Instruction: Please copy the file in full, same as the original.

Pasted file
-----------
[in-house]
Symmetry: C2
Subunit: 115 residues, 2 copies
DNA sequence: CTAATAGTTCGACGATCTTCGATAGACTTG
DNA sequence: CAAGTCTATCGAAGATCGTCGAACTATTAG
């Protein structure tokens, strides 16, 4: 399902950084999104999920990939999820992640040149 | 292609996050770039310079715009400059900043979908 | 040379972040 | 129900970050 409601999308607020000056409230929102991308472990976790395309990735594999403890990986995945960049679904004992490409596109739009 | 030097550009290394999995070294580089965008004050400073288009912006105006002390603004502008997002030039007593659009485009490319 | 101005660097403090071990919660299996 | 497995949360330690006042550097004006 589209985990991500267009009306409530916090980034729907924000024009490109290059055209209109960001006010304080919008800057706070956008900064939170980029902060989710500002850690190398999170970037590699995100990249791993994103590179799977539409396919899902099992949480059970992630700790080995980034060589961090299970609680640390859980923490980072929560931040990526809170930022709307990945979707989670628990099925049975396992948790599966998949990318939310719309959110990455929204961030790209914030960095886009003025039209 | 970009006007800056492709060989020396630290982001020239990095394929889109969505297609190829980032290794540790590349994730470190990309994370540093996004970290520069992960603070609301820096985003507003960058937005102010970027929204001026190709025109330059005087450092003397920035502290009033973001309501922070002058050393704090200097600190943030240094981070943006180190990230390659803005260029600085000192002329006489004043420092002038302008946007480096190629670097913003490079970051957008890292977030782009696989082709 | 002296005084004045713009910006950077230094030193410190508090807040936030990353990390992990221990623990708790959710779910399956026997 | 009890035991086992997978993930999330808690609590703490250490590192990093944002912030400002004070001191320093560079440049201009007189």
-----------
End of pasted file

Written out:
[in-house]
Symmetry: C2
Subunit: 115 residues, 2 copies
DNA sequence: CTAATAGTTCGACGATCTTCGATAGACTTG
DNA sequence: CAAGTCTATCGAAGATCGTCGAACTATTAG
């Protein structure tokens, strides 16, 4: 399902950084999104999920990939999820992640040149 | 292609996050770039310079715009400059900043979908 | 040379972040 | 129900970050 409601999308607020000056409230929102991308472990976790395309990735594999403890990986995945960049679904004992490409596109739009 | 030097550009290394999995070294580089965008004050400073288009912006105006002390603004502008997002030039007593659009485009490319 | 101005660097403090071990919660299996 | 497995949360330690006042550097004006 589209985990991500267009009306409530916090980034729907924000024009490109290059055209209109960001006010304080919008800057706070956008900064939170980029902060989710500002850690190398999170970037590699995100990249791993994103590179799977539409396919899902099992949480059970992630700790080995980034060589961090299970609680640390859980923490980072929560931040990526809170930022709307990945979707989670628990099925049975396992948790599966998949990318939310719309959110990455929204961030790209914030960095886009003025039209 | 970009006007800056492709060989020396630290982001020239990095394929889109969505297609190829980032290794540790590349994730470190990309994370540093996004970290520069992960603070609301820096985003507003960058937005102010970027929204001026190709025109330059005087450092003397920035502290009033973001309501922070002058050393704090200097600190943030240094981070943006180190990230390659803005260029600085000192002329006489004043420092002038302008946007480096190629670097913003490079970051957008890292977030782009696989082709 | 002296005084004045713009910006950077230094030193410190508090807040936030990353990390992990221990623990708790959710779910399956026997 | 009890035991086992997978993930999330808690609590703490250490590192990093944002912030400002004070001191320093560079440049201009007189």